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As COVID-19 cases continue to rise across the United States and millions face unemployment as businesses across the country shut their doors, President Donald Trump was given a chance to calm Americans at a Friday press conference when NBC reporter Peter Alexander asked what his message was to Americans who were scared.

Trump responded by calling Alexander a "terrible reporter" and said his question was "nasty."

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NBC News

The amount of confirmed COVID-19 cases in the United States will soon surpass 16,000, with over 200 deaths. Millions of Americans are facing sudden unemployment as businesses across the country close their doors to help curb its spread.

In a bizarre Friday press conference designed to assure Americans that his administration was keeping the situation under control, President Donald Trump berated a reporter and made wild unverified promises about a drug that hasn't even seen clinical trials.

His behavior gave Americans even more reasons to be concerned.

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CNN // Alex Wong/Getty Images

The COVID-19 pandemic, which has currently infected nearly 16,000 people and killed over 200, threatens to send millions of Americans into unemployment as restaurants, bars, churches, schools, and businesses shut down across the country to curb the virus's spread.

But even a national crisis wasn't enough to keep President Donald Trump from berating a reporter at a press conference on Friday.

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Evan Vucci-Pool/Getty Images

Numerous vaccines are in development to immunize humans from COVID-19, the rapidly spreading respiratory virus that's upended daily life across the globe.

Scientists at the National Institute of Health (NIH) are among them.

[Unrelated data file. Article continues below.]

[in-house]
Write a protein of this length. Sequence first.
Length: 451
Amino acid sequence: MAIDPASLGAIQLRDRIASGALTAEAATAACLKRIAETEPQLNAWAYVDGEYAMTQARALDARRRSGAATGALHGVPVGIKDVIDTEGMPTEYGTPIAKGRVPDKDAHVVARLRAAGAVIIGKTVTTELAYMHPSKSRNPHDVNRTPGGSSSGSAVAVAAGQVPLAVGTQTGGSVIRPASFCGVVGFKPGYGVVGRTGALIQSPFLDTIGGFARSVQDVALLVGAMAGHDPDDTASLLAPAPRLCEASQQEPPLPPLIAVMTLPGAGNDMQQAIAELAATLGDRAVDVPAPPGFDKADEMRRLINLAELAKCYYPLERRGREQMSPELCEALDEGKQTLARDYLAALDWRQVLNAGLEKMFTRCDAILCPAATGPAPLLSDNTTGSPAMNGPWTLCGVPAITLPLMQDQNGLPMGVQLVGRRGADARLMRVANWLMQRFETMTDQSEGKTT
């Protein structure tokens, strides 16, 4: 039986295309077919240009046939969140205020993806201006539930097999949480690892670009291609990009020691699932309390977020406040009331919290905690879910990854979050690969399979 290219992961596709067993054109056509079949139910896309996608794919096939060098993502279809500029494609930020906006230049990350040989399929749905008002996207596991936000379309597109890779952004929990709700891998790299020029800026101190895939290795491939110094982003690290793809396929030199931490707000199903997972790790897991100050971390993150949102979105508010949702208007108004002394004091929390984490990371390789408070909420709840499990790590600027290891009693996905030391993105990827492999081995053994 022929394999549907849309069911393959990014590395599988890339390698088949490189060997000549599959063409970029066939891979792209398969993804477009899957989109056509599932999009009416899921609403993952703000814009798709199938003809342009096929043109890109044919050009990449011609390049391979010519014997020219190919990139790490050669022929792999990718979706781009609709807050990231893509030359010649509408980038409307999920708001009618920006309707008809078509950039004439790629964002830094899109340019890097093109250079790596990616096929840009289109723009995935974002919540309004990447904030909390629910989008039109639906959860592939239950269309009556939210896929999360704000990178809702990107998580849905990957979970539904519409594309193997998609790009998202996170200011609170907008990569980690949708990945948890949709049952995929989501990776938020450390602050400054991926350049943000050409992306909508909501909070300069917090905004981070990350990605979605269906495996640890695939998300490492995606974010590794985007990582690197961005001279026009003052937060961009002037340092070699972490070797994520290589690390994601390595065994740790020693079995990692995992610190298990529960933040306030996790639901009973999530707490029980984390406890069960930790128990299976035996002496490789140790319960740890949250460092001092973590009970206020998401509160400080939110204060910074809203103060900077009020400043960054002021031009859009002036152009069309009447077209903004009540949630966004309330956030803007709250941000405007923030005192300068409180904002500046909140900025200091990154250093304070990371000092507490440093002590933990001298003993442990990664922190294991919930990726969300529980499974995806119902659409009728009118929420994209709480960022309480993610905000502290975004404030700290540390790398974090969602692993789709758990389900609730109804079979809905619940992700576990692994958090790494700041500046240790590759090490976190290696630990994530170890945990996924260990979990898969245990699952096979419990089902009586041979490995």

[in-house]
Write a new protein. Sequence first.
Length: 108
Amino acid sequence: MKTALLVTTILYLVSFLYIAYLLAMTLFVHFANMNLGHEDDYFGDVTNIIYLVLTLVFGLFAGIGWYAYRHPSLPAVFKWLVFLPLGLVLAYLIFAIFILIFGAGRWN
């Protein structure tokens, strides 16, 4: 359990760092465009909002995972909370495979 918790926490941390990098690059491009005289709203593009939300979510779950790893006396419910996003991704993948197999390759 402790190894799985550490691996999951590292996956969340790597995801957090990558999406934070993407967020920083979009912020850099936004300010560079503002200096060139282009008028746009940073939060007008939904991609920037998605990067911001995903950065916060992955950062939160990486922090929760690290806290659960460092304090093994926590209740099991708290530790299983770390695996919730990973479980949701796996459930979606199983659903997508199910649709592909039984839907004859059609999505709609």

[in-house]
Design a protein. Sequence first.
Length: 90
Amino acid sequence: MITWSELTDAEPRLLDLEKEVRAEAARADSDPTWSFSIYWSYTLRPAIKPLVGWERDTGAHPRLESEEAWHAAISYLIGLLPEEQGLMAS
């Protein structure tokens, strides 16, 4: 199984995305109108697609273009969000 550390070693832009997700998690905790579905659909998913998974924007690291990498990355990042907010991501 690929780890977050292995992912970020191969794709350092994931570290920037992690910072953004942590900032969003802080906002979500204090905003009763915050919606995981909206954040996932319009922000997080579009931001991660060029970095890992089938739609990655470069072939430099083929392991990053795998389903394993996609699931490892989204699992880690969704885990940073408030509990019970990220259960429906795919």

A new report from the Washington Post details the work of Kim Hasenkrug, an NIH immunologist in its Montana laboratories, has a plan for how to most efficiently create and test a viable vaccine that could significantly curb the spread of the virus.

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Samuel Corum/Getty Images // Alex Wong/Getty Images

If President Donald Trump really wants to "drain the swamp," he can start with his own party.

On January 24, Centers for Disease Control and Prevention (CDC) Director Robert Redfield and National Institute of Allergies and Infectious Diseases (NAID) director Anthony Fauci briefed Senators on how the Trump administration would be responding to the imminent COVID-19 outbreak in the United States. The briefing was private.

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Mark Wilson/Getty Images // Samuel Corum/Getty Images

Toward the end of February, there were about 15 confirmed cases of COVID-19 in the United States. President Donald Trump vowed that those cases would be down to zero by the following week.

Since then, there are over 10,000 confirmed cases of COVID-19 in the United States, and the death toll has surpassed 100. Both of those numbers are expected to sharply increase in the coming weeks.

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Tom Williams/CQ Roll Call

COVID-19—or Novel Coronavirus—cases have skyrocketed in the United States, with over 8,000 confirmed cases and nearly 150 deaths. That number is expected to rise exponentially as more people experiencing symptoms finally gain access to tests.

With President Donald Trump's leadership leaving a lot to be desired, governors across the country have largely taken the lead, shuttering schools, restaurants, bars, and other non-essential gatherings in hopes of curbing the spread of the virus.

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